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E211 Fall 2010 Students' Blog

Reid Blasier on Sir Thomas Wyatt's "Whoso List to Hunt"

Published by admin_main on Tue 28 Sep, 2010

Outline for Wyatt's "Whoso list to hunt" comparison of Original and Modern Translation. Questions 8-9.

Henry the 8th was known for his role in the separating England from the Roman Catholic Church. He dissolved monasteries, and executed clergy and citizens who stood in his way. He was also acclaimed for his handsomeness and promiscuity with women. Over the course of his rule he gained six marriages and executed the majority of his divorcee's. One such important figure was his 2nd queen, Anne Boleyn, who plays a major role in the meaning and symbolism, as the hind, behind Sir Thomans Wyatt's "Whoso List to Hunt". I also will talk of Cesar's hinds whom he apparently spared the plight of a usual deer by adorning them with necklaces saying "Noli me tangere"(595) or "let no one touch me."

Next to discuss the more obvious physical differences between Wyatt's "Hind" and Petrarch's "Doe" For example Petrarch more lavishly describes the doe with such beautiful imagery as a "white" doe with "two golden horns."(595) Petrarch also describes the deer with such amorous acclaim as having a, " …look so sweet and proud, that to follow her I left every task…"(595) In Wyatt's version however, he speaks of her more glumly comparing attempting to catch her using, " Since in a net I seek to hold wind."(595) He does however use fond language in describing, " her fair neck round about."(595) which is only alluding to the diamond necklace she wears that essentially says "don't touch."

At this point I will introduce Sir Thomas Wyatt's supposed relationship with Anne Boleyn as he and Henry VIII were vying for her hand around the same time. Also about Wyatt's arrest due to suspected adultery with her. (Although he was later acquitted many were not so lucky including Anne Boleyn.)

Next to describe the difference in attitude of the speakers. It seems in Wyatt's original that a feeling of despair and hopelessness is abundant in his language. He seems to be so distanced from his reason and logic as though he has realized his plight and is full of despair and depression. He also describes the hopelessness of attempting to catch the Hind by the last line. (The description of it being "wild to hold, though I seem tame."(595)) Petrarch's version is far more lighthearted and joyful describing her with much adoration and beauty. He uses bright imagery and descriptive, vivid landscape to details which give the reader a more close sense of the "doe's" tangibility. Also as he describes the doe in the conclusion of the sonnet with almost boyish admiration. He describes his eyes as "tired from looking but not sated"(Bottom 595) Then as he dips in the water his mind is free of her. Petrarch seems to brighten up the idea of love and uses a far less pained point of view on the chase of a woman who seems intangible. However it seems that Wyatt's original intentions, given the context of his apparent involvement with Anne Boleyn at the time, is one of more sadness and longing for the ability to catch the untouchable. It does seem however that in Wyatt's version he is much more despondent and glum about his plight of chasing one of Caesar's hinds. His use of, "Since in a net I seek to hold the wind."(595) gives the reader a clear viewpoint into Wyatt's overall feelings about the tangibility of his "Hind". Also the comparison between the endings when Petrarch's doe simply disappears and Wyatt uses more simple language describing the Hind as, "And wild to hold, though I seem tame."(595)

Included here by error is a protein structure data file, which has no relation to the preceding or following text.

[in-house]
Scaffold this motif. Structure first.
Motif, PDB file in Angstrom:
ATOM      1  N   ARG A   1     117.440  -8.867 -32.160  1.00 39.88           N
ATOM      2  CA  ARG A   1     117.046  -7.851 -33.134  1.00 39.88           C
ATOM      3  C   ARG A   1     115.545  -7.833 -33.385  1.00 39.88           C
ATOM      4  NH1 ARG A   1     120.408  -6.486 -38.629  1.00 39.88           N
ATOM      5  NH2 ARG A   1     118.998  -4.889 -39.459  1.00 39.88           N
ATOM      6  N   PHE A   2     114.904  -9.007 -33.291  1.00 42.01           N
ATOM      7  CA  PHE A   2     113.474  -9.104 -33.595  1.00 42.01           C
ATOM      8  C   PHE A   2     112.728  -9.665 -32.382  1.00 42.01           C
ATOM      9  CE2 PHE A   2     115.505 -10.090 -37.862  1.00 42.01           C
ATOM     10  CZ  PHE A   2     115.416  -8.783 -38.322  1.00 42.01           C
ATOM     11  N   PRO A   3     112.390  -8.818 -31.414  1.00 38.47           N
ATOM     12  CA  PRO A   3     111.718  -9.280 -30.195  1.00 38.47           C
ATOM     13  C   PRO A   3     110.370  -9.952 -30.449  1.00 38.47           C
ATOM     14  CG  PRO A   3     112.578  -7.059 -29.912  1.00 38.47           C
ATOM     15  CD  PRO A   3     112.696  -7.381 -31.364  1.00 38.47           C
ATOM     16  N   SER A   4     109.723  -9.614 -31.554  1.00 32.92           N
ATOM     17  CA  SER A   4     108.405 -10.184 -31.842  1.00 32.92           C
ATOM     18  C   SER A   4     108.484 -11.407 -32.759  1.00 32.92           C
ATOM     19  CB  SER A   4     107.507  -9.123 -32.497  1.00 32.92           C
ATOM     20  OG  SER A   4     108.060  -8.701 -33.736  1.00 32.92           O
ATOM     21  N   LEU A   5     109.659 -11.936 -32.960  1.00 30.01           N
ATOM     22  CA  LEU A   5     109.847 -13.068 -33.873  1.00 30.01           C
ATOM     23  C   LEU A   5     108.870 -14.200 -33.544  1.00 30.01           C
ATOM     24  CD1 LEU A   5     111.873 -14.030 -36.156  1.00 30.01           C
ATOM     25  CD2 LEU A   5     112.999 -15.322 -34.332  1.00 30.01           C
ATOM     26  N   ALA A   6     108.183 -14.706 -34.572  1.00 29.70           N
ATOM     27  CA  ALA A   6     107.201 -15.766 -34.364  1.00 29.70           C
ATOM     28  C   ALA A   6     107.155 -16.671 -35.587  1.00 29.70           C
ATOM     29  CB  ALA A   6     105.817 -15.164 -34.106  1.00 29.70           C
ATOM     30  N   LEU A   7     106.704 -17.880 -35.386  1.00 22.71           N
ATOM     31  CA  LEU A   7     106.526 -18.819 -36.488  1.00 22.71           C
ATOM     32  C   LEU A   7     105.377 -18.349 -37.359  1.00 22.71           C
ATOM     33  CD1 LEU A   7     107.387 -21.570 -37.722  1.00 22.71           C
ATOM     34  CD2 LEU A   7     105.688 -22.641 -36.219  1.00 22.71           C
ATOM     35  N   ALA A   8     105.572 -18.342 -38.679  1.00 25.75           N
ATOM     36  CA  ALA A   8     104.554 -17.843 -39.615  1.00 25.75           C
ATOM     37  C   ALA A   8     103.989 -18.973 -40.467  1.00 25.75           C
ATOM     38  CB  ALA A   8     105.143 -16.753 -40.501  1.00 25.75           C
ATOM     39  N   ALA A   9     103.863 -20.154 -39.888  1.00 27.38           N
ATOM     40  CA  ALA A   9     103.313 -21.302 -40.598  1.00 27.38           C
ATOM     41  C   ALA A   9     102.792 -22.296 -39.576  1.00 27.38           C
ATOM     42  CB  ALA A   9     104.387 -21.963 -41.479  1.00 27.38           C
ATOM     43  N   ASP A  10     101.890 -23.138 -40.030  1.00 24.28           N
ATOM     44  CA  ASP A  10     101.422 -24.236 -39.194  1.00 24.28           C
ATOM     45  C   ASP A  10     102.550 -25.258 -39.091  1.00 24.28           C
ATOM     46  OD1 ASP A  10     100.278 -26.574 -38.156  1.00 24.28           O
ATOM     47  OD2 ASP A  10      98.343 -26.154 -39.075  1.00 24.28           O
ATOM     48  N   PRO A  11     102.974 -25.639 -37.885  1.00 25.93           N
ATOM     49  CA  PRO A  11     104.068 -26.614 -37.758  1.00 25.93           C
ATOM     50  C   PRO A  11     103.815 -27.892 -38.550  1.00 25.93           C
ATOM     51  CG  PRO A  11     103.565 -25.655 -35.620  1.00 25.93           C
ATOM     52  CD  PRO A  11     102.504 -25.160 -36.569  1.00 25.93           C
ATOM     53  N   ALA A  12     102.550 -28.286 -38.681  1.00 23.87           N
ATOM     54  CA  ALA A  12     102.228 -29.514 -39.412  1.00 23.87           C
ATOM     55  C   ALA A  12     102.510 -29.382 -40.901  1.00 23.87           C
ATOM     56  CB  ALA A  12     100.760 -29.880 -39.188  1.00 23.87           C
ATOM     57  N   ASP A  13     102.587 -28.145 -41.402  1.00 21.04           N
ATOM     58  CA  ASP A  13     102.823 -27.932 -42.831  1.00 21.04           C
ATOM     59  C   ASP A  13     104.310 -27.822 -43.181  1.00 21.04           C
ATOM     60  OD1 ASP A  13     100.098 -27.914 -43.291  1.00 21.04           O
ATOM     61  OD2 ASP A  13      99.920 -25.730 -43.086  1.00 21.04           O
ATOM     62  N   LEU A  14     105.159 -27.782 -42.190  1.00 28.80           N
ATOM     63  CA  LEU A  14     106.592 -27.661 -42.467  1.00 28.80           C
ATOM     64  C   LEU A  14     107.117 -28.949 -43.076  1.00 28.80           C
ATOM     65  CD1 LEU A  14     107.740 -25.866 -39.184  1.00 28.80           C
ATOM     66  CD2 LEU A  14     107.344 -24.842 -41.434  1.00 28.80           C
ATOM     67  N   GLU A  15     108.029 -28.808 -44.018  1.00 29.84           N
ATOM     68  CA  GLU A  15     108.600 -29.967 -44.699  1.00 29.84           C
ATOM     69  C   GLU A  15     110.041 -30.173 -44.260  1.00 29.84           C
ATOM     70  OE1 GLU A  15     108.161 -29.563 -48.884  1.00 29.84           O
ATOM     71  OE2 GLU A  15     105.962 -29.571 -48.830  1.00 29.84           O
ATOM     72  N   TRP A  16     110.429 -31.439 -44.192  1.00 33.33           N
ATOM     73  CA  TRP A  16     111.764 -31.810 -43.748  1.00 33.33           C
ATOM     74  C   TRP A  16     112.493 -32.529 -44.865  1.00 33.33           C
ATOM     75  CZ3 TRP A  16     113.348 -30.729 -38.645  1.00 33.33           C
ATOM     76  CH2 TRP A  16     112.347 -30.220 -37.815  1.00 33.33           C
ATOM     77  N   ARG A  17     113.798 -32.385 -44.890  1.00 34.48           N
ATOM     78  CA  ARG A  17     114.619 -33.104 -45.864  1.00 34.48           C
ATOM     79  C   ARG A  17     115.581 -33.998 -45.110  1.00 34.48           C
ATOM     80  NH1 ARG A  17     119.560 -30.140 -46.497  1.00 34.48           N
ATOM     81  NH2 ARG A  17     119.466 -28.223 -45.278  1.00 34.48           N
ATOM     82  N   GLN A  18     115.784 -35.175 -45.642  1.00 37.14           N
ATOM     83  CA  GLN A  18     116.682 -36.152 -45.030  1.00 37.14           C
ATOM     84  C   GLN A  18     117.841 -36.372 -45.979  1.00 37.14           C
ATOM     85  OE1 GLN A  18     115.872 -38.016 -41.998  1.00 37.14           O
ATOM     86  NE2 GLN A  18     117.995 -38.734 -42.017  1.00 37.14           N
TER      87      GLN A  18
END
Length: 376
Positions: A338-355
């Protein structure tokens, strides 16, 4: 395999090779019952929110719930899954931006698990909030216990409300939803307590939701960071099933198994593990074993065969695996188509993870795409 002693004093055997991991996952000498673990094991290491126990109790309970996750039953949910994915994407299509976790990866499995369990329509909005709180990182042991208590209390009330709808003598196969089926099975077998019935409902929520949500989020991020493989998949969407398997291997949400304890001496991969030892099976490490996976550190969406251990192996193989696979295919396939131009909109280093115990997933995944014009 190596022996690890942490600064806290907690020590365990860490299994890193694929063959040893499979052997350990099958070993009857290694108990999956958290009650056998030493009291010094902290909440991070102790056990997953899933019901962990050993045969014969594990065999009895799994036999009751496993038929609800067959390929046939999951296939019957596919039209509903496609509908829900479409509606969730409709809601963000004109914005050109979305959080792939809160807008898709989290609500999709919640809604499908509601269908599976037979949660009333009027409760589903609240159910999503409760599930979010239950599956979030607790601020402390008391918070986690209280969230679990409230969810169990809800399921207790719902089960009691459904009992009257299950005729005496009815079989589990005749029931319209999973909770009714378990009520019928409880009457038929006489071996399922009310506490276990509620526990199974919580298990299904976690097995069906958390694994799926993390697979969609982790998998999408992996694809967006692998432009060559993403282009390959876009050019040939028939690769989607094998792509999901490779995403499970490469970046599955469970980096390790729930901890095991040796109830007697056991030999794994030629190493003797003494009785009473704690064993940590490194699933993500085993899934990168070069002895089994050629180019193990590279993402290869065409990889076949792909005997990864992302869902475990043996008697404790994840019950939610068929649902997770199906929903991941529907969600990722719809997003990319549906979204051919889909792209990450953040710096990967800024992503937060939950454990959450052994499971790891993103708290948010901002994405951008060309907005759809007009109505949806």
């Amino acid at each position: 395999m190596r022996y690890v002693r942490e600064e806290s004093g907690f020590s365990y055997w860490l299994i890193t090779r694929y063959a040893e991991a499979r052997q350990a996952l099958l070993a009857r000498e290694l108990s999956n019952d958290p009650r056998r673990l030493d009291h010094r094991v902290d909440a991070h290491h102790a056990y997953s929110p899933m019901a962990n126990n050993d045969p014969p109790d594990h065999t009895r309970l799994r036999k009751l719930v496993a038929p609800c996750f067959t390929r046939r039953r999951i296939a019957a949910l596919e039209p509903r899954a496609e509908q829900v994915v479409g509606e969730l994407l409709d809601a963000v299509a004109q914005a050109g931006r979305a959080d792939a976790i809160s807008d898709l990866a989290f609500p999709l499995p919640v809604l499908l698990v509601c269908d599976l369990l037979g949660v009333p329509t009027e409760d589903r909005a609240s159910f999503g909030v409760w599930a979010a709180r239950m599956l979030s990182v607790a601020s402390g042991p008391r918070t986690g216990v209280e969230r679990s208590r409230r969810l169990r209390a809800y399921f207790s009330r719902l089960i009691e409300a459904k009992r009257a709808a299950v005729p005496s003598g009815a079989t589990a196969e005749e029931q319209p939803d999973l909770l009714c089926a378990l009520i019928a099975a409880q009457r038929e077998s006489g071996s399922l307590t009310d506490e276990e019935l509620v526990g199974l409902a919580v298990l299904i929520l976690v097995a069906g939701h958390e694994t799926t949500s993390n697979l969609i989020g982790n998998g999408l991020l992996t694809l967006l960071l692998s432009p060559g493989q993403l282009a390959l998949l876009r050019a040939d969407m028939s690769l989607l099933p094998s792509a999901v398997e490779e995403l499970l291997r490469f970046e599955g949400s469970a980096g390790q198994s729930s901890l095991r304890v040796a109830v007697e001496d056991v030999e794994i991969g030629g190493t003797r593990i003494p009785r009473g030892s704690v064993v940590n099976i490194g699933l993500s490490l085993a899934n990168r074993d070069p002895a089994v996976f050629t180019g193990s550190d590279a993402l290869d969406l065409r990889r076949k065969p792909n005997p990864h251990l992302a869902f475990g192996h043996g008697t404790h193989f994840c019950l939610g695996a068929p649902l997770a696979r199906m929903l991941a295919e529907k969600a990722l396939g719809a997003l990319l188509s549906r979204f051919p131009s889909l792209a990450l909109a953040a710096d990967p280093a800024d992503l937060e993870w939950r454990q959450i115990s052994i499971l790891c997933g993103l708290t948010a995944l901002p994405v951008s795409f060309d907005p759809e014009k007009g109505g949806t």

If I were to attempt to decide which of these poems I most admire it would have to be compromising on both. Although firstly i enjoyed Petrarch's version for its simplicity of language and depth of meaning it seems that I can not help but be drawn by Wyatt's complexity in language and overall demising attitude. It seems that Wyatt is attempting to more cleverly conceal his hind and use language that will allow him to conceal his true pain. It seems as though Wyatt wants the reader to know the pain he feels and his language is an attempt to conceal his true hurt which is the longing for Anne Boleyn. The difference however is that Petrarch never really alludes to the intangibility of the doe. So we really do not get much of a sense of hurt or pain that is being caused by chasing this doe. With Wyatt he seems in almost a fit of desperation and depression as he describes this arduous task of moving past this Hind who he so badly desires.

Works Cited:

Wyatt, Sir Thomas, and Anonymous. "Who so List to Hunt." The Norton Anthology of English literature. Ed. Julia Reidhead, Kurt Wildermuth, and Eileen Connell.N.p.: n.p., n.d. N. pag. Print.

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